On occasion, as we do in the book, we continue tracking the innovation through its full lifecycle. Through the 'swamp of diminishing' returns, which is where you are holding onto something because you don't want or can't afford to replace it, and then on to the 'cliff of obsolescence' where you are buying spare parts for it on eBay.

VB: Would you talk about the 'second peak of reflated expectations'?

Jackie Fenn: While the swings from the peak of inflated expectations to the 'trough of disillusionment' are dramatic, the transition from the trough to the 'slope of enlightenment' is often more subtle. A second peak sometimes happens right after the trough when you get a particularly heavy market push, usually on the vendors' side. The surge of vendors' activities may be due to such things as release of new product versions or accelerated marketing activities. Expectations again accelerate in a noticeable, often spectacular way.

Sometimes the move out of the trough and up the slope is so subtle that people miss it. Sometimes it's associated with more fan fare. People in the adopter community may have forgotten about the first peak of inflated expectations, or they may not even have been around when it happened.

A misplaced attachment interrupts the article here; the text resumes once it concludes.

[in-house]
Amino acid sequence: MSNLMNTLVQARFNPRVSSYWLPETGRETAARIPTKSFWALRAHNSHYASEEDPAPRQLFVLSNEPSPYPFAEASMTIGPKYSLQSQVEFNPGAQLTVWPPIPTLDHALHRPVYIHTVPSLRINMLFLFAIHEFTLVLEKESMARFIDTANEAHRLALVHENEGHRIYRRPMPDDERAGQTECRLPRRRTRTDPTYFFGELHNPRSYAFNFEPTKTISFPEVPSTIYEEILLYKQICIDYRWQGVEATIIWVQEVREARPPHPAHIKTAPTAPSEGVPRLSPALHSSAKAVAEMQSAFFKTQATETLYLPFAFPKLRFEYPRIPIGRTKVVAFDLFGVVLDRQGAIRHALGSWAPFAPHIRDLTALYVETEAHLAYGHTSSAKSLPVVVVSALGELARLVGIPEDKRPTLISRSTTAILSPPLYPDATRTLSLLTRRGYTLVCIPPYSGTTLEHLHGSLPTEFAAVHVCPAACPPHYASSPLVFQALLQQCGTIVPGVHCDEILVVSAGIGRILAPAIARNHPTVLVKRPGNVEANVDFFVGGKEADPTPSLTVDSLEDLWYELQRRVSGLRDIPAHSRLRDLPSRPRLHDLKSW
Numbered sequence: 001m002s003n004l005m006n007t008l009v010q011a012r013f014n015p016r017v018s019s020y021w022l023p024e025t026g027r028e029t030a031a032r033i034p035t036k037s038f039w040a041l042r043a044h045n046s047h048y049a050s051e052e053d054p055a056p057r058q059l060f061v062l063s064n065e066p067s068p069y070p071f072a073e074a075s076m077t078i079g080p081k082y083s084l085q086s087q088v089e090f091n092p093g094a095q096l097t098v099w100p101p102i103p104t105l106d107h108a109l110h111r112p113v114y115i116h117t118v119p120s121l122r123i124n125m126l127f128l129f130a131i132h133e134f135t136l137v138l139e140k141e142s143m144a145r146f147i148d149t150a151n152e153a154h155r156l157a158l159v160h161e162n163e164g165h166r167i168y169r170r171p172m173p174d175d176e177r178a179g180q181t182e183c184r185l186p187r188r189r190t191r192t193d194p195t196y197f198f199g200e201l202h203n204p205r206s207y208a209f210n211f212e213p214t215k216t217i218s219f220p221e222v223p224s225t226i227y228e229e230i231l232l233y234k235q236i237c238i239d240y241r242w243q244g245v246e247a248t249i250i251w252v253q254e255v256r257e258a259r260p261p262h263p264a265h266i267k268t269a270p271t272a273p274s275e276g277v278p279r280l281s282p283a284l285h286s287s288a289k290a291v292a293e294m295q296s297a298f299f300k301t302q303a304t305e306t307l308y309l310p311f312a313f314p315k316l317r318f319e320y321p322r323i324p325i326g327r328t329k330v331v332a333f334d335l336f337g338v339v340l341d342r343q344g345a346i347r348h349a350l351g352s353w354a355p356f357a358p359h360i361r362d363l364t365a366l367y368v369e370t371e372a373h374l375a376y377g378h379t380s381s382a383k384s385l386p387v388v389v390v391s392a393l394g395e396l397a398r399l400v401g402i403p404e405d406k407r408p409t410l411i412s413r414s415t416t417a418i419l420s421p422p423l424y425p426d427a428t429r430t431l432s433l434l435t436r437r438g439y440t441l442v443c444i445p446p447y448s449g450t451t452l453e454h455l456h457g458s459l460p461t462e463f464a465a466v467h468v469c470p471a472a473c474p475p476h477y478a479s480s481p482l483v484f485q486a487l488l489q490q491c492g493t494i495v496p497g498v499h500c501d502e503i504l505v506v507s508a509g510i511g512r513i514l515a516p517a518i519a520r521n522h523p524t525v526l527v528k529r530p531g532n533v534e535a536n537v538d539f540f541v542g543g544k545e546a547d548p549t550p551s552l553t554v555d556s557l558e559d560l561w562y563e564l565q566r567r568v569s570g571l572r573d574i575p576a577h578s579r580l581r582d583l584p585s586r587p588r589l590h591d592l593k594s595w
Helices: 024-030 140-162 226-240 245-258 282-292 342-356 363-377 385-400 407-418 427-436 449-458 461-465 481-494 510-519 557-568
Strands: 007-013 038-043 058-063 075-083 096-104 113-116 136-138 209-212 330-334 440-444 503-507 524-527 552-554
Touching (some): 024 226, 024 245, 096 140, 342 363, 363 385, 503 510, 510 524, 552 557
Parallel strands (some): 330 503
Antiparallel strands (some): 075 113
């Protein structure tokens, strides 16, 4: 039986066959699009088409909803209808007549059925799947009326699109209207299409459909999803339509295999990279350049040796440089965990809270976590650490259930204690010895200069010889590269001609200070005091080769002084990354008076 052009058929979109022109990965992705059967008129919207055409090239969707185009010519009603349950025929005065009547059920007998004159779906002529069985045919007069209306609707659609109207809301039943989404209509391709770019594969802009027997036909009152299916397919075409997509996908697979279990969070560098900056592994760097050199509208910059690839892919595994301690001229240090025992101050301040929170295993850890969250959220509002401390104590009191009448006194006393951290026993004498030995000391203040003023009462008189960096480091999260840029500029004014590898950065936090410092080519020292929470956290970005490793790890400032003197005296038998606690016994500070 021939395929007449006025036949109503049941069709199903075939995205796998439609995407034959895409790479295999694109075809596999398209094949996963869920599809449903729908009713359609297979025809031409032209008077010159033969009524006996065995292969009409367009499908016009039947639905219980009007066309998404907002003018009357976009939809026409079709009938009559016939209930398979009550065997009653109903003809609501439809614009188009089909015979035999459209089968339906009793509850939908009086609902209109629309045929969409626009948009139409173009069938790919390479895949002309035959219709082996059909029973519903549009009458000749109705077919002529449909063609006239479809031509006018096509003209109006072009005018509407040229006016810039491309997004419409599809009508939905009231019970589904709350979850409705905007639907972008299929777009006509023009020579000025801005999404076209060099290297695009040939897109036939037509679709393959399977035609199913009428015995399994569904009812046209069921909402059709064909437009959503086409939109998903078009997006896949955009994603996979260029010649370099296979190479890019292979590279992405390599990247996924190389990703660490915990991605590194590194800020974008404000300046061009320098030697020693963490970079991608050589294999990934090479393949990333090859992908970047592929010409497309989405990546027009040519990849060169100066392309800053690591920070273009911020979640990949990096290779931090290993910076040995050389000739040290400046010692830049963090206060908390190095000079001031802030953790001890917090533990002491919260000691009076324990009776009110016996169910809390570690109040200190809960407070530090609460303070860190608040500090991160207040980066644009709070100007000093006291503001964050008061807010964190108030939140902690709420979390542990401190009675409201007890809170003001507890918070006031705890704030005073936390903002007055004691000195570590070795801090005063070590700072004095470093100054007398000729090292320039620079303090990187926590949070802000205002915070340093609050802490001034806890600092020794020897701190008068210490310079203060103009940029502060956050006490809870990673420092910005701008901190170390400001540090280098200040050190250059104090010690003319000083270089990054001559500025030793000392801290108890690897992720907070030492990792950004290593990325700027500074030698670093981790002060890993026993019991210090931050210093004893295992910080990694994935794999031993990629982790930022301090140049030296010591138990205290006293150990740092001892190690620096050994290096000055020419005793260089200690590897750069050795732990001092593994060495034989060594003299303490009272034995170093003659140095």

VB: Why do we need to master the hype cycle?

Jackie Fenn: The danger we see over and over again is that people are reactive to the hype cycle, so they're rushing in when the hype's up and abandoning it when the hype's down again. They do not understand why they are or are not using an innovation.

An awareness of the hype cycle phenomenon helps people realize they need some other way to decide whether to adopt innovation, rather than just because their executive's waving an airline magazine at them saying, "Hey, everybody's implementing this innovation. We've got to do it, and we've got to do it now."

VB: The hype cycle can be used to explain an organization's internal expectations when an innovation is being implemented. Can it also be used to explain our personal reaction to innovation and change?

Jackie Fenn: Absolutely. Although initially we thought it was about technology, we rapidly realized it was about people's reaction to anything new. It's about each individual's reaction to novelty, and the reaction is compounded when you get communities of people. The bandwagon effect starts to kick in as more and more people get the same excitement, and build on each other's ups and downs through the hype cycle. So, it is very much a personal reaction to innovation and I've had more than one person tell me it applies perfectly to their personal relationships. I think it's pretty broadly applicable.

VB: Gartner publishes an annual report on the hype cycle of emerging technologies. The most recent one was published July 9, 2008. How much effort is involved in producing this annual report, what value is it to companies, and how do they generally use it?

Jackie Fenn: That is a major effort within Gartner over a period of two to three months. Most parts of Gartner are involved in putting together the special report with sixty to seventy different hype cycles covering all areas of IT, different application areas like CRM, and a number of vertical cuts such as government and healthcare. It identifies the differences in various industries and how they're responding to technologies.